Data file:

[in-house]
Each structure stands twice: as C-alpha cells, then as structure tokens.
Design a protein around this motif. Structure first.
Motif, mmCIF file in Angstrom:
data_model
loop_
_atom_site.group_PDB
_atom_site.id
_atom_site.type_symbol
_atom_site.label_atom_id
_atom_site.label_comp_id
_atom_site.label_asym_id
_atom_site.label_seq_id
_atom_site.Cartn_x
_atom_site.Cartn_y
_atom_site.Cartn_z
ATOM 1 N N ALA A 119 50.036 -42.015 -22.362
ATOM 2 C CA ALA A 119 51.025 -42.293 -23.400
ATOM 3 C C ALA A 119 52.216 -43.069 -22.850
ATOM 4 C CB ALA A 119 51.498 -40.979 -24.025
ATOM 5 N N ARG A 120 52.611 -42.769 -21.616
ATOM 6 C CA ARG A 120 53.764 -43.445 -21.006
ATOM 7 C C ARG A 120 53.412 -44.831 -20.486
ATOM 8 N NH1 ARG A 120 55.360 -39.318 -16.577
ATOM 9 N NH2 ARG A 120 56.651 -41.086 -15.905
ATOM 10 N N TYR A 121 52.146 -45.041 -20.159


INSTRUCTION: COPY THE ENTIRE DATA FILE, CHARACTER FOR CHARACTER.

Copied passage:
[in-house]
Each structure stands twice: as C-alpha cells, then as structure tokens.
Design a protein around this motif. Structure first.
Motif, mmCIF file in Angstrom:
data_model
loop_
_atom_site.group_PDB
_atom_site.id
_atom_site.type_symbol
_atom_site.label_atom_id
_atom_site.label_comp_id
_atom_site.label_asym_id
_atom_site.label_seq_id
_atom_site.Cartn_x
_atom_site.Cartn_y
_atom_site.Cartn_z
ATOM 1 N N ALA A 119 50.036 -42.015 -22.362
ATOM 2 C CA ALA A 119 51.025 -42.293 -23.400
ATOM 3 C C ALA A 119 52.216 -43.069 -22.850
ATOM 4 C CB ALA A 119 51.498 -40.979 -24.025
ATOM 5 N N ARG A 120 52.611 -42.769 -21.616
ATOM 6 C CA ARG A 120 53.764 -43.445 -21.006
ATOM 7 C C ARG A 120 53.412 -44.831 -20.486
ATOM 8 N NH1 ARG A 120 55.360 -39.318 -16.577
ATOM 9 N NH2 ARG A 120 56.651 -41.086 -15.905
ATOM 10 N N TYR A 121 52.146 -45.041 -20.159